Heart disease has again topped the list of biggest killers in the UAE in a global study of population health.
Ischaemic heart disease is the leading cause of death and the most serious of non-communicable diseases according to the 2017 Global Burden of Disease study compiled by scientists and health experts.
A further survey of social attitudes has revealed almost half of people are worried about dying of heart disease.
More than 1,000 UAE nationals took part in a survey commissioned by the Cleveland Clinic of Abu Dhabi to assess understanding of heart disease.
Of those taking part, 44 per cent feared dying of the condition of whom 49 per cent were women, and 43 per cent men.
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A further 76 per cent of those surveyed said those under 40 should be more concerned about heart disease.
“The results of this survey show that heart disease is a real and present concern across the whole community in the UAE and the region,” said Dr Rakesh Suri, chief of thoracic and cardiovascular surgery at Cleveland Clinic, Abu Dhabi.
“More people are looking for support in managing their heart health.
“It demonstrates the campaign against heart disease needs to be multidimensional – improving health education and also ensuring that everyone has access to the advanced technologies and sophisticated therapies that can treat heart issues as they occur.”
Regular exercise and a healthy, balanced diet can significantly reduce a person’s risk of developing heart disease over their lifetime.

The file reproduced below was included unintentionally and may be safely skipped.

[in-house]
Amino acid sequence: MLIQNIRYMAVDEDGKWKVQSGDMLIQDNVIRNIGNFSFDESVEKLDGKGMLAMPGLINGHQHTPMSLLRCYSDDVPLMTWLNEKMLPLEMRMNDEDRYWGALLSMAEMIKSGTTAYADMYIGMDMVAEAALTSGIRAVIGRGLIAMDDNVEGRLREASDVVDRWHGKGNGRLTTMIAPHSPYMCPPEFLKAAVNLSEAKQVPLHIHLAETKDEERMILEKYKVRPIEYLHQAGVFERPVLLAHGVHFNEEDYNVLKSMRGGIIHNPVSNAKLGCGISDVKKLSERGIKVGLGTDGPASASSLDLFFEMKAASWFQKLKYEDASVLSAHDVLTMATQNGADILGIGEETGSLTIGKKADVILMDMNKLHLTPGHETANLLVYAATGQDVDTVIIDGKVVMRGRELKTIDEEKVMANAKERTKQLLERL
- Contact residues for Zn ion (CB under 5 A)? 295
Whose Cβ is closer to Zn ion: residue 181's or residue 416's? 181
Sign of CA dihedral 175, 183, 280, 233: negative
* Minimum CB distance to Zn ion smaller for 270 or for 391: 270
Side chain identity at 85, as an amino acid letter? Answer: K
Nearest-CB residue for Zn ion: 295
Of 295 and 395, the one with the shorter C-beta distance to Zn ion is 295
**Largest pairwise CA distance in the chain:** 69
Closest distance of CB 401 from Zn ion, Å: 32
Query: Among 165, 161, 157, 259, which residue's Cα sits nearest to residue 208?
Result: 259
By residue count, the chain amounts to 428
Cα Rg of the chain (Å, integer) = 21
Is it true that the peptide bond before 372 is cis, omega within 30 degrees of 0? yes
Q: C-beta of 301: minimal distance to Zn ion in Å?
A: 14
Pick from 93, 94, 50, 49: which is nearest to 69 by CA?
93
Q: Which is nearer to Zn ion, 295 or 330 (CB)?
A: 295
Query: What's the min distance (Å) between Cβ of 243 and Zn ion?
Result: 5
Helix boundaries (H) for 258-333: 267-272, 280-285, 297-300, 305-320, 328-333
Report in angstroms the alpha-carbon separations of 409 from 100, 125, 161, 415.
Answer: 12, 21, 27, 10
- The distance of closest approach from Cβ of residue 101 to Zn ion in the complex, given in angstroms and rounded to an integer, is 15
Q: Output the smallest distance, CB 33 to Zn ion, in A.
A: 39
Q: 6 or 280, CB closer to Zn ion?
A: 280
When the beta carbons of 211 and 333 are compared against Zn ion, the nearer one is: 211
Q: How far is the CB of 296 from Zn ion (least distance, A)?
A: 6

The survey results suggested a disparity between Emirati nationals and other nationalities in the level of awareness of factors that can improve heart health.
Results showed 71 per cent of Emirati nationals believe they could improve their heart health, compared with 83 per cent of Asian respondents and 92 per cent of western expatriates.
Despite broad awareness of heart disease, there was less understanding of the factors that influence a person’s heart health, particularly among younger people.
Surveyed UAE nationals and residents between the ages of 18 and 29 were significantly less likely to be aware of the role family history can play in a person’s risk of developing heart disease.
More than half of young respondents – 51 per cent – said family history was not a factor in heart health, compared to the 62 per cent of total respondents who said it was.
Experts said people with a family history are significantly more likely to develop some form of heart disease over their lifetimes.
“There are many contributing risk factors for heart disease, including diet and lifestyle choices,” said Dr Mohaymen Abdelghany, a senior physician and CEO at AL Zahra Hospital, Dubai.
“Smoking is a major risk factor, and hopefully a tobacco tax will help contribute to some kind of reduction.
“We still need to have acute and prevention centres and programmes to deal with heart disease, but there are so many intermediate settings that can help with regular check-ups to detect related health problems early and get the right treatment.”
The survey was conducted between August 21-28, 2017 by YouGov, with a pool of respondents from across the UAE and Kuwait.
Cleveland Clinic Abu Dhabi is marking World Heart Day with a month-long campaign, “Love Your Heart”.
It will include community health activities, online heart health education resources and a range of initiatives designed to raise awareness about the advanced cardiovascular services available at the hospital.
A special ‘Cycle for Health’ event will take place at Zayed Sports City on September 30.